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Chaotic scenes in Parliament amid heated row over Qatar ban

Push to strip Alan Joyce of mammoth Qantas bonus

Federal Parliament has erupted in raucous scenes as the row over Labor’s move to block extra Qatar Airways flights turned into a political bonfire.

Opposition Leader Peter Dutton heaped pressure on Transport Minister Catherine King on Wednesday as she faced the first direct questioning over the Qatar decision.

In the minutes afterward, Question Time turned into a rowdy yelling match, prompting Independent MP Kylea Tink to demand better behaviour from Mr Dutton and senior Labor ministers.

“There are Australian public sitting in this chamber at the moment watching this behaviour and I do not believe this behaviour is speaking well of this Chamber,” Ms Tink said.

“If we could please have this debate and have it reasonably without yelling at each other I think that would be in the best interests of everyone.”

But that failed to quell the shouting match between Mr Dutton and senior government MPs. Mr Dutton shouted across the chamber as he pushed the Coalition line that Labor was running a “protection racket” for Qantas by limiting rival airlines.

“Australians are paying more for their flights because of a protection racket you put in place,” he said.

“The minister is running a protection racket for Qantas and she is making it a lot harder for Australian consumers who are paying more for their flights.

“Interest rates are spiking under this government. Food is more expensive. People are having to cut corners everywhere with their family budgets.

“Just when they need relief through flights, what are you doing? You are establishing a protection racket.”

Leader of the House Tony Burke returned fire, accusing Mr Dutton and MP Andrew Hastie of being behind the “silliest moments I can imagine on a dissent motion”. It was his please, he said, to respond to the “Leader of the Opposition and the future leader of the opposition”.

“What they are objecting to is the fact that the standing order says you have to be relevant. That is what they are actually descending to,” he said.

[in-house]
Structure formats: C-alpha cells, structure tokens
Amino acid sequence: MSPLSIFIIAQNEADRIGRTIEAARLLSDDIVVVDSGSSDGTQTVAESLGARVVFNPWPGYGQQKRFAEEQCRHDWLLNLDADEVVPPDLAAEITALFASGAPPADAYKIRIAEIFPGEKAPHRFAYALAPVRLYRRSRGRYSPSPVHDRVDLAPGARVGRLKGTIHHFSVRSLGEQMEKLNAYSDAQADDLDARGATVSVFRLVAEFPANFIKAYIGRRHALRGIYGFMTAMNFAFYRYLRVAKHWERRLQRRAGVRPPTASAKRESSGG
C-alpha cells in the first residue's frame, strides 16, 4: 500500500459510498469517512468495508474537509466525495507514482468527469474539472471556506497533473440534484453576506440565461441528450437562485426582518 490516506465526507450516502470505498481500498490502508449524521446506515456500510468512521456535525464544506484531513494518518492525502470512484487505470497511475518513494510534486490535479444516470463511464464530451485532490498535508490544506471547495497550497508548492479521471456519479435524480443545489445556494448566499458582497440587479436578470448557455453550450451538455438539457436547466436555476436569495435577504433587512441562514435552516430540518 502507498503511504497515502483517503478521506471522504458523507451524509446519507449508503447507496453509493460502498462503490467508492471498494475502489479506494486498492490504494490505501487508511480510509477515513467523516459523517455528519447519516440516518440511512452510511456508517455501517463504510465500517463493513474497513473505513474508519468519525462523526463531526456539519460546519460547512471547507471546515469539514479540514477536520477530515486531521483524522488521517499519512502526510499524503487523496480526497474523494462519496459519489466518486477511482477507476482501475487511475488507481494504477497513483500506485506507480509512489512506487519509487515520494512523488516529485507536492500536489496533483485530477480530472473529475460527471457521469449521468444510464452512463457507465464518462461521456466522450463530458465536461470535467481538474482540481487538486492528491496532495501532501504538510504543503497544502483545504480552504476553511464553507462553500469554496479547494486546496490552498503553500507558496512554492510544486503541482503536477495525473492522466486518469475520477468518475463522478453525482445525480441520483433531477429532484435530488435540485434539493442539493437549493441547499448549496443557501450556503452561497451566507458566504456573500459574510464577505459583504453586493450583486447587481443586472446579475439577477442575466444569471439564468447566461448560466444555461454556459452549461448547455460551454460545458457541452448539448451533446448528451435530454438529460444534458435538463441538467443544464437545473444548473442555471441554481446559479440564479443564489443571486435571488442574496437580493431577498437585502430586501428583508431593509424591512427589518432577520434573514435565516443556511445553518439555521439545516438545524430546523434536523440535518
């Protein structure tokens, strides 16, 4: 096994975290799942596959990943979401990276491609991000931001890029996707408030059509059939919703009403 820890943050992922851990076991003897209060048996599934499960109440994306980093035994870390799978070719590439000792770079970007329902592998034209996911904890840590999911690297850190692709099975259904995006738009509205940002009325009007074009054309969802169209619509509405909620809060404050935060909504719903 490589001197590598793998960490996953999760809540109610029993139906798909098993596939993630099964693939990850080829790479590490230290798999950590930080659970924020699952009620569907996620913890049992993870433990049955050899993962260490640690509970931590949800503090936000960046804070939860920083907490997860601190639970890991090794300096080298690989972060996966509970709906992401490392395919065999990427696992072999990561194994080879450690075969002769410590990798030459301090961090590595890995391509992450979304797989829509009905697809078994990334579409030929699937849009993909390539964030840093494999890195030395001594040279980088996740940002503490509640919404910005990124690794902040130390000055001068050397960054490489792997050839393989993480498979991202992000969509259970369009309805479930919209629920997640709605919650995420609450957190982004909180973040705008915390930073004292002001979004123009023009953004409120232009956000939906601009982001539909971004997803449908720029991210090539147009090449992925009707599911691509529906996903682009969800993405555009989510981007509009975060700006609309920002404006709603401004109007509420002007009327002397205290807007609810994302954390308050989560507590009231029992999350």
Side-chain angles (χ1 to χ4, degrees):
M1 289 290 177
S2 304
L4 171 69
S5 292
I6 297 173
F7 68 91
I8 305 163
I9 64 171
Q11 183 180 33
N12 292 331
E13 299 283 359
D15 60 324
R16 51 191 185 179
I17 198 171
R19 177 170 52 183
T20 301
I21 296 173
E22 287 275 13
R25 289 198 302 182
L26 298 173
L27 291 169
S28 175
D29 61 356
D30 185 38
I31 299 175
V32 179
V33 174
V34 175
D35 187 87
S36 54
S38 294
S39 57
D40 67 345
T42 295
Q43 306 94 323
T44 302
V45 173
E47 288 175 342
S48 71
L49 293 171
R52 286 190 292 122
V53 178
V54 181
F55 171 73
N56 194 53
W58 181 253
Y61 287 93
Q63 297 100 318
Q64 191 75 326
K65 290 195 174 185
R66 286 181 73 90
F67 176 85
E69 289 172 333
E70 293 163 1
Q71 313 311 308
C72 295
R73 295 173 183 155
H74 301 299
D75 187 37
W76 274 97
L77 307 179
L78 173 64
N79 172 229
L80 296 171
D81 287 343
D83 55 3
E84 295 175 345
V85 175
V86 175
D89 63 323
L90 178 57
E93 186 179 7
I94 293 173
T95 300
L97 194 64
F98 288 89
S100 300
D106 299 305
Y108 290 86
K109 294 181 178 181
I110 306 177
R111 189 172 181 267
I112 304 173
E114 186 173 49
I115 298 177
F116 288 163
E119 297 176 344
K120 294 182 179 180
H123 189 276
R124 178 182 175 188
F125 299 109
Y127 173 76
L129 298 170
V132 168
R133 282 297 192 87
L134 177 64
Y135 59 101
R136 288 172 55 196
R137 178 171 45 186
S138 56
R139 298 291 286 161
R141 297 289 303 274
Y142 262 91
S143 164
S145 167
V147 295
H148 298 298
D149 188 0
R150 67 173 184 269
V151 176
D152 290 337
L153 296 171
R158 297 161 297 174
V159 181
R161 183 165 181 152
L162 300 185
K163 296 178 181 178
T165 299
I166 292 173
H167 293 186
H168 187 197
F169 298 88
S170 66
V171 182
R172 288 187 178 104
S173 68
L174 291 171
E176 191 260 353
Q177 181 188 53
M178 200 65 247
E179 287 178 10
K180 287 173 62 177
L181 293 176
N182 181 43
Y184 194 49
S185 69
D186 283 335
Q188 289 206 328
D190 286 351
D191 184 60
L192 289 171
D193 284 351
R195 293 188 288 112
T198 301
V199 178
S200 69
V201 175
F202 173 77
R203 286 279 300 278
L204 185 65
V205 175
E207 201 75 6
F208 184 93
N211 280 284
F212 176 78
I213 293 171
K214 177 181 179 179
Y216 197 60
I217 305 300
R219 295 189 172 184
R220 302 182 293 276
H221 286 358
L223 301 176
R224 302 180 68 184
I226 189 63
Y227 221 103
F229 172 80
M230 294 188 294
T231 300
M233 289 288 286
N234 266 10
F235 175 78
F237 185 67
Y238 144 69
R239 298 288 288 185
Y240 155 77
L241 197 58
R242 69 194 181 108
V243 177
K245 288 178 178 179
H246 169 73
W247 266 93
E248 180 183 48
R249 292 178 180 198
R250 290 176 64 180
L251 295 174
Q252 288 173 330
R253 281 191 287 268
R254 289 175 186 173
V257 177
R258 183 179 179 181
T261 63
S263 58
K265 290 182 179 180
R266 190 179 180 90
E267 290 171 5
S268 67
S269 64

“That is the problem they have.”

The government meanwhile is standing by Ms King’s controversial July decision to bar Qatar from bringing extra flights to Sydney, Melbourne and Brisbane. Treasurer Jim Chalmers said earlier on Wednesday that her decision would not be reviewed.

“Transport ministers from both sides of politics from time to time take decisions in the national interest and that’s what’s happening here,” Dr Chalmers said.

He said it had not impeded extra international flight capacity into Australia.

“We are seeing extra capacity come on,” he said.

Alan Joyce exits Qantas as pressure mounts

Prime Minister Anthony Albanese has been drawn into the furore after having to clarify comments he made in parliament.

Mr Albanese initially told parliament, in answer to an opposition question on Tuesday, that he had spoken with Virgin Australia after the transport minister blocked Qatar Airways’ bid for more flights.

Virgin has a strategic partnership with Qatar Airways.

Later, Mr Albanese clarified his answer, telling parliament he spoke to Virgin CEO Jayne Hrdlicka on July 13 – three days after the Qatar decision – by phone from Perth while travelling to Canberra after being overseas since July 9.

“In that call, the CEO made representations relating to air services arrangements with Qatar,” he said.

“During that discussion, I did not know that the Transport Minister had made a decision on July 10, 2023, a detail that was only advised to me after Question Time today.

“I once again confirm I did not speak to the former Qantas CEO (Alan Joyce) before a decision was made.”

Also on Wednesday, Foreign Minister Penny Wong revealed she had spoken with her Qatari counterpart earlier this week, but the issue of the air services agreement was not raised.

“I initiated the call to discuss a range of bilateral matters. One of those is in regard to the airport incident (the alleged strip-search of five Australian women in Doha),” Senator Wong said.

“That is something I spoke about in opposition and obviously it was a very distressing event for the women concerned.”

The women are taking legal action over their alleged strip-searching at the Hamad International Airport – the Doha home of Qatar Airways – in October 2020.

Whether that incident had anything to do with the Qatar Airways decision is expected to be raised in a Senate inquiry, alongside issues of competition and ticket pricing.

Ms King has been formally asked to provide documents explaining the decision.

Liberal deputy leader Sussan Ley said the government believed higher airfares were in the national interest.

“We know that international airfares are up by 50 per cent but seat capacity is down by 25 per cent and that we’re missing out on about $788 million a year from inbound tourism,” she told Sky News.

She said the Qatar decision should be overturned.

Qantas also faces Federal Court action by the competition watchdog over allegedly advertised tickets for flights that had already been cancelled.

The company is reviewing the allegations made by the consumer watchdog and has acknowledged its standards “fell well short” as the airline emerged from the COVID-19 pandemic.

Last month Qantas announced a record pre-tax profit of $2.47 billion for the past financial year after recording a loss of almost $2 billion the previous year.

-with AAP

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